1933: An ocean liner belonging to a second-rate German company is making a twenty-six day voyage from Veracruz, Mexico to Bremerhaven, Germany. Along the way it will stop in Cuba to pick up... See full summary »
On the sidewalks of the London theater district the buskers (street performers) earn enough coins for a cheap room. Charles, who recites dramatic monologues, sees that a young pickpocket, ... See full summary »
After Larry Darrent accidentally kills his lover's blackmailing husband, someone else is arrested for the crime. When he is found guilty, Larry and Wanda have just three weeks together ... See full summary »
On the eve of World War II, a British officer revisits Waterloo Bridge and recalls the young man he was at the beginning of World War I and the young ballerina he met just before he left for the front. Myra stayed with him past curfew and is thrown out of the corps de ballet. She survives on the streets of London, falling even lower after she hears her true love has been killed in action. But he wasn't killed. Those terrible years were nothing more than a bad dream is Myra's hope after Roy finds her and takes her to his family's country estate. Written by
Dale O'Connor <firstname.lastname@example.org>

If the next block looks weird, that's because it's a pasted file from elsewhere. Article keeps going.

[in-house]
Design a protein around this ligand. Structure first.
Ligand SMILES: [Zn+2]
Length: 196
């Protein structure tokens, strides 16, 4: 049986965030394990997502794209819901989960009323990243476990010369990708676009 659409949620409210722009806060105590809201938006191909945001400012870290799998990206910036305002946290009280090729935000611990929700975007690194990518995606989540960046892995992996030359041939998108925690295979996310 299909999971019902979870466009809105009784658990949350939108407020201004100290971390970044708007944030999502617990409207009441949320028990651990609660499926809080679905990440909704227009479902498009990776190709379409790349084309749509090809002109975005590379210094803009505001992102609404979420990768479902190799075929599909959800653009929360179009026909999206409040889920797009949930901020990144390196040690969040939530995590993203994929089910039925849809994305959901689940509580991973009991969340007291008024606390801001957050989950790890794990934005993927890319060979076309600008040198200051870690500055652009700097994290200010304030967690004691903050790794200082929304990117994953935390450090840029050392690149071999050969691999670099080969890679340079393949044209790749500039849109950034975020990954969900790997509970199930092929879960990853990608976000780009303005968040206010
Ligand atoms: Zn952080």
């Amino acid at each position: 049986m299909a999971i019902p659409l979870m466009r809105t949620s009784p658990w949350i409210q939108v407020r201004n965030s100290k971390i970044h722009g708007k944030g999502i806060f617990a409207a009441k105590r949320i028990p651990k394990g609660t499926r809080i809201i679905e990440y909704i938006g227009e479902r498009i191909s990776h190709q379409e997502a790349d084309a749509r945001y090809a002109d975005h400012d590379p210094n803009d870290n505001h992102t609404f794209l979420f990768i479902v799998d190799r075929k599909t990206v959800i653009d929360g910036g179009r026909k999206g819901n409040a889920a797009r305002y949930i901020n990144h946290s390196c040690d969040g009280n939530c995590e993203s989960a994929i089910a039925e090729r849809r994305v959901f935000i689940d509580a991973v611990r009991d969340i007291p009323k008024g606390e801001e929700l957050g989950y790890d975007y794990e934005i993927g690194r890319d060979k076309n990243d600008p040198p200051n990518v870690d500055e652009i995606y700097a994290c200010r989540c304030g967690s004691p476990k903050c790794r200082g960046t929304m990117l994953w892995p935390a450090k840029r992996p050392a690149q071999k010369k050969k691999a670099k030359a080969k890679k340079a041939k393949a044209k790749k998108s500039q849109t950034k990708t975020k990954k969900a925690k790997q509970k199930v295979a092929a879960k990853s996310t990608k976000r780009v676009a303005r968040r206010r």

This film was first telecast in Los Angeles 18 January 1957 on KTTV, but in New York City not until 4 September 1958 on WCBS and in San Francisco 11 April 1958 on KGO-TV. See more »
When Myra reads the list of 'Fallen Officers', there are names with the ranks of Sergeant (Sgt) and Gunner (Gnr). These are not Officer ranks. See more »
Must be good for the muscles. I should think a dancer's muscles would be like a strongman.
Oh, not quite. That's a bit dreadful. We try to combine slenderness with strength. Well, I've been dancing since I was twelve and I don't think the muscles are over developed.
No-no. No, not in your case.
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Taylor and Leigh at their best...one of the all-time great tear-jerkers!
Robert Taylor's favorite movie is also rumored to be one of Vivien's favorites--although at the time she was sorry that Laurence Olivier had not been cast in it. (She was always seeking him as her screen partner!) But Taylor delivers the goods--great charm, presence and obviously respecting the fine role that he plays. Vivien Leigh is a revelation--here she is fresh from Scarlett O'Hara and able to inhabit another character's skin with ease, back in her oh-so-British mode and looking as young and beautiful as ever. It's a pleasure that two such charismatic stars are still being seen in this--their finest moments on screen in one of the greatest tear-jerkers of the '40s. Special mention should be given to Lucille Watson for the way she plays the restaurant scene with Leigh at their first meeting--the mother-in-law getting the wrong impression from Leigh's reception. All of it is romantic, tender and charming--with an Anna Karenina-like ending after a surprising twist. For fans of Taylor and Leigh, it doesn't get any getter than this.
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